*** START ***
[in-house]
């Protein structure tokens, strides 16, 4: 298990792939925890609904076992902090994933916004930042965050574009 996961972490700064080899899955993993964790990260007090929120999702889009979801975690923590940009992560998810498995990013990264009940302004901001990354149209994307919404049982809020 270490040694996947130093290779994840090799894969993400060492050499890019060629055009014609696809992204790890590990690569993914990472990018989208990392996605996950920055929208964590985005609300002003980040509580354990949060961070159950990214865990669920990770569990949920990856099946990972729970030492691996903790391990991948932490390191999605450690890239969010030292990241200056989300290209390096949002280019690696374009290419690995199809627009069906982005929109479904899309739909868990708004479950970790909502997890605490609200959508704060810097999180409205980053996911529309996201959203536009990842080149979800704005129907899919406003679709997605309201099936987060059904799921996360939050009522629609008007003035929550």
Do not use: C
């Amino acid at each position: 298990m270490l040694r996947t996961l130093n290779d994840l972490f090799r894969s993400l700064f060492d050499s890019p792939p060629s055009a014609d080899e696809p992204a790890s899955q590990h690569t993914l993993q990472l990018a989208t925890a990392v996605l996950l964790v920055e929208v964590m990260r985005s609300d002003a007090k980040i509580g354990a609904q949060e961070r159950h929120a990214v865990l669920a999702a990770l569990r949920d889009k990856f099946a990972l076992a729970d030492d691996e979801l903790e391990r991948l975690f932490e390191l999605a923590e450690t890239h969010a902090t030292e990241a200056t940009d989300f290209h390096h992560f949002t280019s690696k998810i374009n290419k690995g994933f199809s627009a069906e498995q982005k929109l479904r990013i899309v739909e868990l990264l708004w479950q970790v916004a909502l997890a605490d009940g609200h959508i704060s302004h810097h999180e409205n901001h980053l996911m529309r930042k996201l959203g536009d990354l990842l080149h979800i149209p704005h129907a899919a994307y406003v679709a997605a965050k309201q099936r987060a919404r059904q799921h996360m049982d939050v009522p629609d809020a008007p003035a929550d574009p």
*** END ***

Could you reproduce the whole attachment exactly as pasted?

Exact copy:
[in-house]
């Protein structure tokens, strides 16, 4: 298990792939925890609904076992902090994933916004930042965050574009 996961972490700064080899899955993993964790990260007090929120999702889009979801975690923590940009992560998810498995990013990264009940302004901001990354149209994307919404049982809020 270490040694996947130093290779994840090799894969993400060492050499890019060629055009014609696809992204790890590990690569993914990472990018989208990392996605996950920055929208964590985005609300002003980040509580354990949060961070159950990214865990669920990770569990949920990856099946990972729970030492691996903790391990991948932490390191999605450690890239969010030292990241200056989300290209390096949002280019690696374009290419690995199809627009069906982005929109479904899309739909868990708004479950970790909502997890605490609200959508704060810097999180409205980053996911529309996201959203536009990842080149979800704005129907899919406003679709997605309201099936987060059904799921996360939050009522629609008007003035929550």
Do not use: C
């Amino acid at each position: 298990m270490l040694r996947t996961l130093n290779d994840l972490f090799r894969s993400l700064f060492d050499s890019p792939p060629s055009a014609d080899e696809p992204a790890s899955q590990h690569t993914l993993q990472l990018a989208t925890a990392v996605l996950l964790v920055e929208v964590m990260r985005s609300d002003a007090k980040i509580g354990a609904q949060e961070r159950h929120a990214v865990l669920a999702a990770l569990r949920d889009k990856f099946a990972l076992a729970d030492d691996e979801l903790e391990r991948l975690f932490e390191l999605a923590e450690t890239h969010a902090t030292e990241a200056t940009d989300f290209h390096h992560f949002t280019s690696k998810i374009n290419k690995g994933f199809s627009a069906e498995q982005k929109l479904r990013i899309v739909e868990l990264l708004w479950q970790v916004a909502l997890a605490d009940g609200h959508i704060s302004h810097h999180e409205n901001h980053l996911m529309r930042k996201l959203g536009d990354l990842l080149h979800i149209p704005h129907a899919a994307y406003v679709a997605a965050k309201q099936r987060a919404r059904q799921h996360m049982d939050v009522p629609d809020a008007p003035a929550d574009p």